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Impact of Healthy Lifestyle Factors on Life Expectancies in the US Population

BACKGROUND:: Americans have a shorter life expectancy compared with residents of almost all other high-income countries. We aim to estimate the impact of lifestyle factors on premature mortality and life expectancy in the US population. METHODS:: Using data from the Nurses’ Health Study (1980–2014;... Full description

Journal Title: Circulation 2018, Vol.138(4), pp.345-355
Main Author: Li, D., Yanping
Other Authors: Pan, H., An , Wang, C., Dong , Liu, B., Xiaoran , Dhana, B., Klodian , Franco, B., Oscar , Kaptoge, B., Stephen , Di Angelantonio, B., Emanuele , Stampfer, B., Meir , Willett, B., Walter , Hu, B., Frank
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ID: ISSN: 0009-7322 ; DOI: 10.1161/CIRCULATIONAHA.117.032047
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recordid: ovid10.1161/CIRCULATIONAHA.117.032047
title: Impact of Healthy Lifestyle Factors on Life Expectancies in the US Population
format: Article
creator:
  • Li, D., Yanping
  • Pan, H., An
  • Wang, C., Dong
  • Liu, B., Xiaoran
  • Dhana, B., Klodian
  • Franco, B., Oscar
  • Kaptoge, B., Stephen
  • Di Angelantonio, B., Emanuele
  • Stampfer, B., Meir
  • Willett, B., Walter
  • Hu, B., Frank
subjects:
  • Healthy Lifestyle
  • Life Expectancy
  • Mortality, Premature
  • Health Personnel
  • Healthy Lifestyle
  • Life Expectancy
  • Risk Reduction Behavior
ispartof: Circulation, 2018, Vol.138(4), pp.345-355
description: BACKGROUND:: Americans have a shorter life expectancy compared with residents of almost all other high-income countries. We aim to estimate the impact of lifestyle factors on premature mortality and life expectancy in the US population. METHODS:: Using data from the Nurses’ Health Study (1980–2014; n=78 865) and the Health Professionals Follow-up Study (1986–2014, n=44 354), we defined 5 low-risk lifestyle factors as never smoking, body mass index of 18.5 to 24.9 kg/m, ≥30 min/d of moderate to vigorous physical activity, moderate alcohol intake, and a high diet quality score (upper 40%), and estimated hazard ratios for the association of total lifestyle score (0–5 scale) with mortality. We used data from the NHANES (National Health and Nutrition Examination Surveys; 2013–2014) to estimate the distribution of the lifestyle score and the US Centers for Disease Control and Prevention WONDER database to derive the age-specific death rates of Americans. We applied the life table method to estimate life expectancy by levels of the lifestyle score. RESULTS:: During up to 34 years of follow-up, we documented 42 167 deaths. The multivariable-adjusted hazard ratios for mortality in adults with 5 compared with zero low-risk factors were 0.26 (95% confidence interval [CI], 0.22–0.31) for all-cause mortality, 0.35 (95% CI, 0.27–0.45) for cancer mortality, and 0.18 (95% CI, 0.12–0.26) for cardiovascular disease mortality. The population-attributable risk of nonadherence to 5 low-risk factors was 60.7% (95% CI, 53.6–66.7) for all-cause mortality, 51.7% (95% CI, 37.1–62.9) for cancer mortality, and 71.7% (95% CI, 58.1–81.0) for cardiovascular disease mortality. We estimated that the life expectancy at age 50 years was 29.0 years (95% CI, 28.3–29.8) for women and 25.5 years (95% CI, 24.7–26.2) for men who adopted zero low-risk lifestyle factors. In contrast, for those who adopted all 5 low-risk factors, we projected a life expectancy at age 50 years of 43.1 years (95% CI, 41.3–44.9) for women and 37.6 years (95% CI, 35.8–39.4) for men. The projected life expectancy at age 50 years was on average 14.0 years (95% CI, 11.8–16.2) longer among female Americans with 5 low-risk factors compared with those with zero low-risk factors; for men, the difference was 12.2 years (95% CI, 10.1–14.2). CONCLUSIONS:: Adopting a healthy lifestyle could substantially reduce premature mortality and prolong life expectancy in US adults.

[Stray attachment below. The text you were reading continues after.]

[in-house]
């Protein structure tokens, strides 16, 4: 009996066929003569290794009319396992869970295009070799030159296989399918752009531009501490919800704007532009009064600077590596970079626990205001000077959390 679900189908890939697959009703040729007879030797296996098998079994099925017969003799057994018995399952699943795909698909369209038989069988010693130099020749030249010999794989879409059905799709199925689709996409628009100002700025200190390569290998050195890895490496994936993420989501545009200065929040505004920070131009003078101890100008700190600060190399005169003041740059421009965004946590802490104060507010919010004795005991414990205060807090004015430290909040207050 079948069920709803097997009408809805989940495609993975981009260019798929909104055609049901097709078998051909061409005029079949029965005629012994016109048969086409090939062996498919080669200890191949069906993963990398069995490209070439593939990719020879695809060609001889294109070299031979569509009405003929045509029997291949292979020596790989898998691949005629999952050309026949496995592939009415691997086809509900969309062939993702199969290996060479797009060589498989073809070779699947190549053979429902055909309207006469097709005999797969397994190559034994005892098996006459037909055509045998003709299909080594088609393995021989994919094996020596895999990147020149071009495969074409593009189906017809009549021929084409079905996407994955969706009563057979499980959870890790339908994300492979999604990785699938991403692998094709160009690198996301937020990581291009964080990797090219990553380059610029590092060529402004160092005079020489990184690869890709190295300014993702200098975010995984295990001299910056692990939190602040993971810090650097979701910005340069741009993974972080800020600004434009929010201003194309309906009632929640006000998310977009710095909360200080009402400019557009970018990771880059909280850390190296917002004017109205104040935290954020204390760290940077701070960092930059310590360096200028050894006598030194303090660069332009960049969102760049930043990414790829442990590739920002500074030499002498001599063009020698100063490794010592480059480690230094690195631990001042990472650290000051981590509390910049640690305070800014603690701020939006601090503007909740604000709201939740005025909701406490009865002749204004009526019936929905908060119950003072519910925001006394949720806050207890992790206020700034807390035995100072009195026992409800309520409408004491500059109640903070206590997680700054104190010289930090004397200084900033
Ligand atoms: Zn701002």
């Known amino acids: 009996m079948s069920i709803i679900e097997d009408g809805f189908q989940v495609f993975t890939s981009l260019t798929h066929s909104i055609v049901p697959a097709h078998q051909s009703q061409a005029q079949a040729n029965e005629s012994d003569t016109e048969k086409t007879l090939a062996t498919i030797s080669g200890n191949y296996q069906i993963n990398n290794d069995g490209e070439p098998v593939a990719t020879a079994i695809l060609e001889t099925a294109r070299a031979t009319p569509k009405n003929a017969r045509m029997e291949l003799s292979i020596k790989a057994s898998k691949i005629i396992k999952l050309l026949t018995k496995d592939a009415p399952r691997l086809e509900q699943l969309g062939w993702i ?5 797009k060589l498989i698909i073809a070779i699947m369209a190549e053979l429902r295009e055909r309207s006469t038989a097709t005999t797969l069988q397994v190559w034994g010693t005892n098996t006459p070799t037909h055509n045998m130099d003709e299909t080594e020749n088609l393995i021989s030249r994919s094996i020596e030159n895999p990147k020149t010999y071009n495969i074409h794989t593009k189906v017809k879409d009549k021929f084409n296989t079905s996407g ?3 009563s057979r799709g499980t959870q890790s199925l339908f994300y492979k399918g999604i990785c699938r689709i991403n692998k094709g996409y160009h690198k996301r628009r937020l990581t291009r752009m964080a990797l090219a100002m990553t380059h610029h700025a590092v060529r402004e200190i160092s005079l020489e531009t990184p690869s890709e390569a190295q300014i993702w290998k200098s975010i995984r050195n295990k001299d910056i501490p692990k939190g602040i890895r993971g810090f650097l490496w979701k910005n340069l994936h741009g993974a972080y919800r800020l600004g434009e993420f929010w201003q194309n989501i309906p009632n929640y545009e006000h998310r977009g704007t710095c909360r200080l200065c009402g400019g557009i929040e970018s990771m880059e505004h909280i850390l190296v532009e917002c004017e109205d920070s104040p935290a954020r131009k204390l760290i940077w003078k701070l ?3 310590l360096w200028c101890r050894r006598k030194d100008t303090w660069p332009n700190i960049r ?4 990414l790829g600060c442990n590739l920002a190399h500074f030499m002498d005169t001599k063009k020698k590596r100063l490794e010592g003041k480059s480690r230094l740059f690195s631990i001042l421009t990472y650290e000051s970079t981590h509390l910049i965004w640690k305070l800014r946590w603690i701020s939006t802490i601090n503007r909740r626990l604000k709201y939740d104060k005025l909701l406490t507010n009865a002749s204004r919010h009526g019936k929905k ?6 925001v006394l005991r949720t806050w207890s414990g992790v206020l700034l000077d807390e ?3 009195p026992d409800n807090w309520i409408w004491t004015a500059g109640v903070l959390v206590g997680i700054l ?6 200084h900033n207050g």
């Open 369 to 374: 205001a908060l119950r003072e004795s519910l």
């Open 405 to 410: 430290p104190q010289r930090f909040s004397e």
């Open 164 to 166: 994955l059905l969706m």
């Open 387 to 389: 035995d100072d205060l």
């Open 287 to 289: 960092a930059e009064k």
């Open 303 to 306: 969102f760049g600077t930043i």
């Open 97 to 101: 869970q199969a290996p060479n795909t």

language:
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identifier: ISSN: 0009-7322 ; DOI: 10.1161/CIRCULATIONAHA.117.032047
fulltext: fulltext
issn:
  • 0009-7322